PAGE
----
Omar Al-Farouq, Al-Qaeda’s operational point man in Southeast Asia, for instance, after his arrest in Indonesia in 2002 told his interrogators that the operations he was conducting in the region were funded through a branch of the Saudi-based Al-Haramain Islamic Foundation. He clearly stated that money was laundered through the foundation by donors from the Middle-East. Shortly after that in October 2002, when NATO raided the Saudi High Commission for Aid to Bosnia, they found before and after photographs of the World Trade Center, US embassies in Kenya and Tanzania, materials for forging U.S. State Department badges, and anti-Semitic and anti-American material geared toward children, right afterwards authorities discovered $41 million were missing from the commission’s operating funds

Similarly, a disclosed CIA document shows that in 1994, Washington was warning that Saudi nationals gave some $150 million to Islamic charities active in Bosnia and implicated in terrorism.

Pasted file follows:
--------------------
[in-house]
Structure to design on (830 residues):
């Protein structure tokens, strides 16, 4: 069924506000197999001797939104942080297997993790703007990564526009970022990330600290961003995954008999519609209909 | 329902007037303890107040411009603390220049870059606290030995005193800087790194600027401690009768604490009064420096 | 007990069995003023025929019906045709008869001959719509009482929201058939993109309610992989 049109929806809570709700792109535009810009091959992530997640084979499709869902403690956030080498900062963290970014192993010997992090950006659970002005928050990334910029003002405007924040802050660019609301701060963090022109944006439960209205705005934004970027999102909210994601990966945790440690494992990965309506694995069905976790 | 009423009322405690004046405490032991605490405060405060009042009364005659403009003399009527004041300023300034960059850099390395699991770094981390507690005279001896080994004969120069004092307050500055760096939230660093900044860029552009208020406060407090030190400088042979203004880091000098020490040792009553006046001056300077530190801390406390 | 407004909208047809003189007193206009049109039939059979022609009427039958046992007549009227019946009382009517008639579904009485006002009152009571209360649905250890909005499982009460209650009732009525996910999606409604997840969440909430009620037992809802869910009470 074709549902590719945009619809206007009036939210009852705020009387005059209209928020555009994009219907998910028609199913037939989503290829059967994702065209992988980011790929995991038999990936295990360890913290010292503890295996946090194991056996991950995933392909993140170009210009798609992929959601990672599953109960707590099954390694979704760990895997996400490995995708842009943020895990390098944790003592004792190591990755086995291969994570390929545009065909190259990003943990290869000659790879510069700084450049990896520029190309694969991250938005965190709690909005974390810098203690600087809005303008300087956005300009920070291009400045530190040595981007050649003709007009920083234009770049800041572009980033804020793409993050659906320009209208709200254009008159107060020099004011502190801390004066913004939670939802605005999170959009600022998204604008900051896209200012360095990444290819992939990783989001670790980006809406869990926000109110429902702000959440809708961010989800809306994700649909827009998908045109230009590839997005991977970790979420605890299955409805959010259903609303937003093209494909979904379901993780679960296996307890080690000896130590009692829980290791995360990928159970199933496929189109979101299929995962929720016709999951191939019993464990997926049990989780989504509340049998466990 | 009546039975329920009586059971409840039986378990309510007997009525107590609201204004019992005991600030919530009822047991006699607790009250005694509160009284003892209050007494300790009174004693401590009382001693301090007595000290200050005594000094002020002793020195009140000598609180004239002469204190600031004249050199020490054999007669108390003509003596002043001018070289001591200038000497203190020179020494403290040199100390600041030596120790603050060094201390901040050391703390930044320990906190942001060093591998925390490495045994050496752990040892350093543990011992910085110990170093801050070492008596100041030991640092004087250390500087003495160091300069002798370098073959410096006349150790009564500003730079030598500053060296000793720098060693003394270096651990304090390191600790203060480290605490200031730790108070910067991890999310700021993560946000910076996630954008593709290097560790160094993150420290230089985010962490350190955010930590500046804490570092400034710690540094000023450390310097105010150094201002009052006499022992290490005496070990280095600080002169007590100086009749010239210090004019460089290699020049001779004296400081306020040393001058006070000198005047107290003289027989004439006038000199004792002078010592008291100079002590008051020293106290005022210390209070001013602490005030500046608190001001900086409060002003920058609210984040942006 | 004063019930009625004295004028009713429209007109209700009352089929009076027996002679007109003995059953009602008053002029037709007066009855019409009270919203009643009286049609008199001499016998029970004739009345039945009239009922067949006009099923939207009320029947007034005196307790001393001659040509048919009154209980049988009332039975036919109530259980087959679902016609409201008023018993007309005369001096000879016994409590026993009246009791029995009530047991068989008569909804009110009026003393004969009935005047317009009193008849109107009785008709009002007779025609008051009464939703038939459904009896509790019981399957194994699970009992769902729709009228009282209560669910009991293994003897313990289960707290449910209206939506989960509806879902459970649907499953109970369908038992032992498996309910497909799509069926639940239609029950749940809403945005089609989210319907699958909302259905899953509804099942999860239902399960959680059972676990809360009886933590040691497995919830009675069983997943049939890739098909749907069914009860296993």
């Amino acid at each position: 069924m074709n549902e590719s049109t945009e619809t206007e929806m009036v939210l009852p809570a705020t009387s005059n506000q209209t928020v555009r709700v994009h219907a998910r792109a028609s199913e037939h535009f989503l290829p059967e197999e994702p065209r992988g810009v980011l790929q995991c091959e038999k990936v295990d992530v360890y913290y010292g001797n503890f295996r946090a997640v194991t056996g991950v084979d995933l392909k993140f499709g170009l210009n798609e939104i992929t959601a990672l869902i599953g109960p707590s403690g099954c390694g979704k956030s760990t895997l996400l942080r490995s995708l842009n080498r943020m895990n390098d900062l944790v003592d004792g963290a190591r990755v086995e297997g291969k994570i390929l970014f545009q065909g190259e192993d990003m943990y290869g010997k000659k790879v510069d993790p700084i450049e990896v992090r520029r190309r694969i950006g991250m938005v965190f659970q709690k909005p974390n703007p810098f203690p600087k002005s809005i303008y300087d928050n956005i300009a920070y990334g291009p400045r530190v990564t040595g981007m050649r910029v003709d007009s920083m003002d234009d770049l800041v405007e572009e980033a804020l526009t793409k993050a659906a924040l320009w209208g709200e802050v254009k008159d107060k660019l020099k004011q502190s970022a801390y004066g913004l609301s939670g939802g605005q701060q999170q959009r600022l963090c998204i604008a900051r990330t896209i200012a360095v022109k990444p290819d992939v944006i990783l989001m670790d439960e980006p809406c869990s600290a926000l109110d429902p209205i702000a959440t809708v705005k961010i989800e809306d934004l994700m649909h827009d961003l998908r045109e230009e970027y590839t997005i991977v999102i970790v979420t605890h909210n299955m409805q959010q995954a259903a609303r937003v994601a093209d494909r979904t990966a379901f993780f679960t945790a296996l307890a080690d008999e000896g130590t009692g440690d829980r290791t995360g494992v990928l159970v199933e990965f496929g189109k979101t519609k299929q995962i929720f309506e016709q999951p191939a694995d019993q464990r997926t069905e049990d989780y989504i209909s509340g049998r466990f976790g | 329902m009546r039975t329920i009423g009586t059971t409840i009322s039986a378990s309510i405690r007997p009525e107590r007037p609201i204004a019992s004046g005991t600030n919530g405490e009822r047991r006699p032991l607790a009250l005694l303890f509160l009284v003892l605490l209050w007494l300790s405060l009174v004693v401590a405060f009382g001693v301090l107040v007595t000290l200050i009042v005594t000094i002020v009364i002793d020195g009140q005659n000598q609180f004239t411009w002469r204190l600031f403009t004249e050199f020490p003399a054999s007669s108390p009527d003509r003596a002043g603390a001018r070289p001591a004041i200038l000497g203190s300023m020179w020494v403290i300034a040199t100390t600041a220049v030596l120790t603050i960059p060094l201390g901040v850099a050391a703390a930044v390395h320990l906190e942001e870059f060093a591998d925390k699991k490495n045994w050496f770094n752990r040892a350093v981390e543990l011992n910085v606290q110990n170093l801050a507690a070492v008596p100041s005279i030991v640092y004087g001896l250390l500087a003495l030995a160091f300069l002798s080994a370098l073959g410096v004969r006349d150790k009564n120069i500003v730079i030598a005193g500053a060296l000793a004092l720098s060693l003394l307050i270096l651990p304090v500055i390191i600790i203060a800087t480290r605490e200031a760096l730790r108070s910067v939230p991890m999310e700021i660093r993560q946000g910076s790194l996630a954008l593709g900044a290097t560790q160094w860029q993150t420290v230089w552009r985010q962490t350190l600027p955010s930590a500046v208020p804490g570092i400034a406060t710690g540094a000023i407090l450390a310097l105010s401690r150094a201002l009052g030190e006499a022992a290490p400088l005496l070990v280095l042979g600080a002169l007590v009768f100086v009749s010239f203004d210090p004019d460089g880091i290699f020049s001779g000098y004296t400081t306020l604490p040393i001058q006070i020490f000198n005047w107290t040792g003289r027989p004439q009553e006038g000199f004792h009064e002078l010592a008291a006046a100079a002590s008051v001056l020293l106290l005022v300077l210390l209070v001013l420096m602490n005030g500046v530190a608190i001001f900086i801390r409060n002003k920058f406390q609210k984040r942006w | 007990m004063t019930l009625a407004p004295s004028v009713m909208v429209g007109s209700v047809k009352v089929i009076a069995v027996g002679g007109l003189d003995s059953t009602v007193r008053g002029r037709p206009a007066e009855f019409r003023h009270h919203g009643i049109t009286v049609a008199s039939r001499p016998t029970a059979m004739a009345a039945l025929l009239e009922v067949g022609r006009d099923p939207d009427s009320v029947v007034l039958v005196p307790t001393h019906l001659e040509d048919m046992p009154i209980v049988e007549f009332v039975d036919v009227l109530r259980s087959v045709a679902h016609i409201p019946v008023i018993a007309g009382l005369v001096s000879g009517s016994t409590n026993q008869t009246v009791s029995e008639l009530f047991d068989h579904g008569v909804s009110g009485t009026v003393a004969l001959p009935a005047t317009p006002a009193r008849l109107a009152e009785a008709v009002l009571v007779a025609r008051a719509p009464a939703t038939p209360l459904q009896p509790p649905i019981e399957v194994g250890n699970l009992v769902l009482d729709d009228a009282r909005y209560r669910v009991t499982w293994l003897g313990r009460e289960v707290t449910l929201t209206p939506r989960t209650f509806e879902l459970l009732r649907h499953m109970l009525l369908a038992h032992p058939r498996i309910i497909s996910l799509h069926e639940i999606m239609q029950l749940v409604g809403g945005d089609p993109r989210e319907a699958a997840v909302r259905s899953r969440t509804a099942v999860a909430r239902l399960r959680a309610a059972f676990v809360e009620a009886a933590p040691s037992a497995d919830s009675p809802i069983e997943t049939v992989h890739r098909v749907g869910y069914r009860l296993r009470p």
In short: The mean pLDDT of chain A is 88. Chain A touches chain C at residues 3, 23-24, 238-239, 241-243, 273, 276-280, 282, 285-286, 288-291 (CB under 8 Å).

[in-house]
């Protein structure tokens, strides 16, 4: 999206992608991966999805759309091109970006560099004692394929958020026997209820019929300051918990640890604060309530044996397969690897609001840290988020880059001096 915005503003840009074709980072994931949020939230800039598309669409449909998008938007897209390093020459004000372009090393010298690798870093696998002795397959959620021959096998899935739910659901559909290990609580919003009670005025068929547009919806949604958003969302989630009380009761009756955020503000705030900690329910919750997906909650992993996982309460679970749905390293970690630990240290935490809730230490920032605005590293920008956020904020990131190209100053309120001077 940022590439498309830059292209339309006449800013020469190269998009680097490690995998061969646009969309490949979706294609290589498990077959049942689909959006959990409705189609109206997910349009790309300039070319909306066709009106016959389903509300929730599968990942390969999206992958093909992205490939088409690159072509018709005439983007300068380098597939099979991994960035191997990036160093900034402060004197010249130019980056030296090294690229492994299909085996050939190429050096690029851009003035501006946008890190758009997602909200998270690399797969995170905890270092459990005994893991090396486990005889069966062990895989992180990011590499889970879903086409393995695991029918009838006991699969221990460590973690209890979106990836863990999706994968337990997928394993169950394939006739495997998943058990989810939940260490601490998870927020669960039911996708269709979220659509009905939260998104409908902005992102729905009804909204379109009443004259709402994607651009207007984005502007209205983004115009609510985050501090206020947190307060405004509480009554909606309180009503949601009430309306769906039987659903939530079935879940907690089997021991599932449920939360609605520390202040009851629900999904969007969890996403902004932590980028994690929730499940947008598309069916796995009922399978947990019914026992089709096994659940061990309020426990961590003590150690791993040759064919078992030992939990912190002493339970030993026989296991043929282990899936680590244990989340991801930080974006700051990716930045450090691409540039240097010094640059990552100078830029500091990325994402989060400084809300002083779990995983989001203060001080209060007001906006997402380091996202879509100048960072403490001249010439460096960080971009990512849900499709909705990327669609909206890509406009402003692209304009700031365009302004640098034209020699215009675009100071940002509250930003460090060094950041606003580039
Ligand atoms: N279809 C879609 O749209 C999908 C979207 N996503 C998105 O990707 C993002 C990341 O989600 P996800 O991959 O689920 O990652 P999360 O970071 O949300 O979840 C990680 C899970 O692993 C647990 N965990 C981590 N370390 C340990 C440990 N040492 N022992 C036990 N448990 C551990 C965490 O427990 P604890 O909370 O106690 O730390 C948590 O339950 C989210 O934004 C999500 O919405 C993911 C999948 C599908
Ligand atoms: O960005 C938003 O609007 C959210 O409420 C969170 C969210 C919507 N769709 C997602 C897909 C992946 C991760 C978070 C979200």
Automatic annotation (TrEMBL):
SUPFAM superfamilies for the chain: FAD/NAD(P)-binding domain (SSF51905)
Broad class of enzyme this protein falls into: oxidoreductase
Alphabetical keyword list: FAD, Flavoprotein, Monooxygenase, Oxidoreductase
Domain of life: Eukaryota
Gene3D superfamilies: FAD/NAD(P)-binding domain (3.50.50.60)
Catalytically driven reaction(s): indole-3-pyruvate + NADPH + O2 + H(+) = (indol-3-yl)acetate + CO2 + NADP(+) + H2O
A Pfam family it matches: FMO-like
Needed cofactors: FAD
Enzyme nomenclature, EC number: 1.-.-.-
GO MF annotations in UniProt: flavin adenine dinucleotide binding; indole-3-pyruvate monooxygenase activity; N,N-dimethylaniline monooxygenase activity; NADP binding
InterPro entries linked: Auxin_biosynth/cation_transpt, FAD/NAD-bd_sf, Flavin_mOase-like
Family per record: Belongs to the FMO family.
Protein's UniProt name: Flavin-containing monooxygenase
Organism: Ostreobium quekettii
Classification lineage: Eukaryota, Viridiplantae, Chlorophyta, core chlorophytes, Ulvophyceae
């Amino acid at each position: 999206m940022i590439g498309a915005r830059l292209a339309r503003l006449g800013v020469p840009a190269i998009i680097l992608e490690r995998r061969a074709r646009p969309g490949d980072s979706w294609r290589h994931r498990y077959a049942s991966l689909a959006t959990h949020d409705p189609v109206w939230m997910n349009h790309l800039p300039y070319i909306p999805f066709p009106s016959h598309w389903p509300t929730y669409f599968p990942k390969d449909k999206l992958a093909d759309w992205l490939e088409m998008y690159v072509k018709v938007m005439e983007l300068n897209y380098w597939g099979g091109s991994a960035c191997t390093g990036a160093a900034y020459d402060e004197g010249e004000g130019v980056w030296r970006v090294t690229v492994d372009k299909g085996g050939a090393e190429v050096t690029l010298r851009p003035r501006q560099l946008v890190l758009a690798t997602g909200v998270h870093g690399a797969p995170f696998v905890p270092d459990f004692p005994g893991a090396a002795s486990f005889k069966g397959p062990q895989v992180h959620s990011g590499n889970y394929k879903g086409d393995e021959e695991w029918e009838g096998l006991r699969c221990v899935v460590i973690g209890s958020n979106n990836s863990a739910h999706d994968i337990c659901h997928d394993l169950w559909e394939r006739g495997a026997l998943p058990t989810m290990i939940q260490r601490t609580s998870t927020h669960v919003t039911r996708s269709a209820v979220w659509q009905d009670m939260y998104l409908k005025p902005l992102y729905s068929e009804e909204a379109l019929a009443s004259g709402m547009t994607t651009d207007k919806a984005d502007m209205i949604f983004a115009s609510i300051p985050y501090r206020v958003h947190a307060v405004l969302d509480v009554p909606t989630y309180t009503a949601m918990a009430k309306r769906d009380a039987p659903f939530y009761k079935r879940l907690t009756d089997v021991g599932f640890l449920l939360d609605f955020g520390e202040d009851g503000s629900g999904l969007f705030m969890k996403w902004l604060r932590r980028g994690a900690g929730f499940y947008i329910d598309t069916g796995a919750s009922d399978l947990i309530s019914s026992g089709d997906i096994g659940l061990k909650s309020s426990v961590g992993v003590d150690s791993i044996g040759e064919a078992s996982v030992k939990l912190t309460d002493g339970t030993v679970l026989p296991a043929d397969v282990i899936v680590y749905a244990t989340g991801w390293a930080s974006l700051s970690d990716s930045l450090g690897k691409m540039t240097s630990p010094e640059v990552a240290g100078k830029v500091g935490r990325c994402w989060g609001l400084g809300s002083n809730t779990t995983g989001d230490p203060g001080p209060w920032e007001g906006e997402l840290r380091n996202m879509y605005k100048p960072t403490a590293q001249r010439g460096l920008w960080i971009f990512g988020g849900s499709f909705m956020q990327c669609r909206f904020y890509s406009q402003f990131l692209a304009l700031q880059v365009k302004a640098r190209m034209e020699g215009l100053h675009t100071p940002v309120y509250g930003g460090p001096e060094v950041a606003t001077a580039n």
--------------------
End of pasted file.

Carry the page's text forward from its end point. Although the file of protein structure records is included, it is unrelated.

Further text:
Furthermore, the International Islamic Relief Organizations (IIRO): One of the chief Saudi charities definitively linked to financing a variety of international terrorist groups is the International Islamic Relief Organizations (IIRO). The IIRO has funded al Qaeda directly, as well as several of its satellite groups from Kashmir to the Philippines. Bin Laden’s brother-in-law, Mohammed Jamal Khalifa, headed the organization’s office in the Philippines, and the organization’s office in northern Virginia shared office space with about 50 other financial shell organizations that are now the subject of a massive counterterrorism investigation.


One of the main setbacks to this day in regulating the infiltration of charities and aid groups by terrorist and criminal organizations in the unregulated giving conception. Which means that there is no effort up to date to regulate and audit the flow of funds from donors to charities. Without transparency and regulated audits charities will remain an all too attractive means for terrorists to raise, launder and transfer funds.